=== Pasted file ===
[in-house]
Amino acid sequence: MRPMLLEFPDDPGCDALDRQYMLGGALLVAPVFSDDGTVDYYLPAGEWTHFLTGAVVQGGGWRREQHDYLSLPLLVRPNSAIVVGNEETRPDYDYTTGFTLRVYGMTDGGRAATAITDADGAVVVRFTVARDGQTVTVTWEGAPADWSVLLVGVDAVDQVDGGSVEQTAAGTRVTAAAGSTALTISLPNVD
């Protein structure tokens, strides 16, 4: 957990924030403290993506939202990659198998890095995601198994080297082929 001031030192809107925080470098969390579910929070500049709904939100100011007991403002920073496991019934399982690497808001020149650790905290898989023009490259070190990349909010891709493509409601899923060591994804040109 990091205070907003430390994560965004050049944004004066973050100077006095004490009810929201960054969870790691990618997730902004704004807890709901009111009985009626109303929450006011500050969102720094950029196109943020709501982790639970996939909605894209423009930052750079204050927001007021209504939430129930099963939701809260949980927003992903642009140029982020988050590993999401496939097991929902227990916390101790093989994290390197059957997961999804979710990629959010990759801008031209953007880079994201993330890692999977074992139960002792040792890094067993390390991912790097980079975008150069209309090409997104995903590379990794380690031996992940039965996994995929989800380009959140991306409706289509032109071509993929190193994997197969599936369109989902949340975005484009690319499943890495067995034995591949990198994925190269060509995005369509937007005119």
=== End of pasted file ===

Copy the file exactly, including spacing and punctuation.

[in-house]
Amino acid sequence: MRPMLLEFPDDPGCDALDRQYMLGGALLVAPVFSDDGTVDYYLPAGEWTHFLTGAVVQGGGWRREQHDYLSLPLLVRPNSAIVVGNEETRPDYDYTTGFTLRVYGMTDGGRAATAITDADGAVVVRFTVARDGQTVTVTWEGAPADWSVLLVGVDAVDQVDGGSVEQTAAGTRVTAAAGSTALTISLPNVD
């Protein structure tokens, strides 16, 4: 957990924030403290993506939202990659198998890095995601198994080297082929 001031030192809107925080470098969390579910929070500049709904939100100011007991403002920073496991019934399982690497808001020149650790905290898989023009490259070190990349909010891709493509409601899923060591994804040109 990091205070907003430390994560965004050049944004004066973050100077006095004490009810929201960054969870790691990618997730902004704004807890709901009111009985009626109303929450006011500050969102720094950029196109943020709501982790639970996939909605894209423009930052750079204050927001007021209504939430129930099963939701809260949980927003992903642009140029982020988050590993999401496939097991929902227990916390101790093989994290390197059957997961999804979710990629959010990759801008031209953007880079994201993330890692999977074992139960002792040792890094067993390390991912790097980079975008150069209309090409997104995903590379990794380690031996992940039965996994995929989800380009959140991306409706289509032109071509993929190193994997197969599936369109989902949340975005484009690319499943890495067995034995591949990198994925190269060509995005369509937007005119």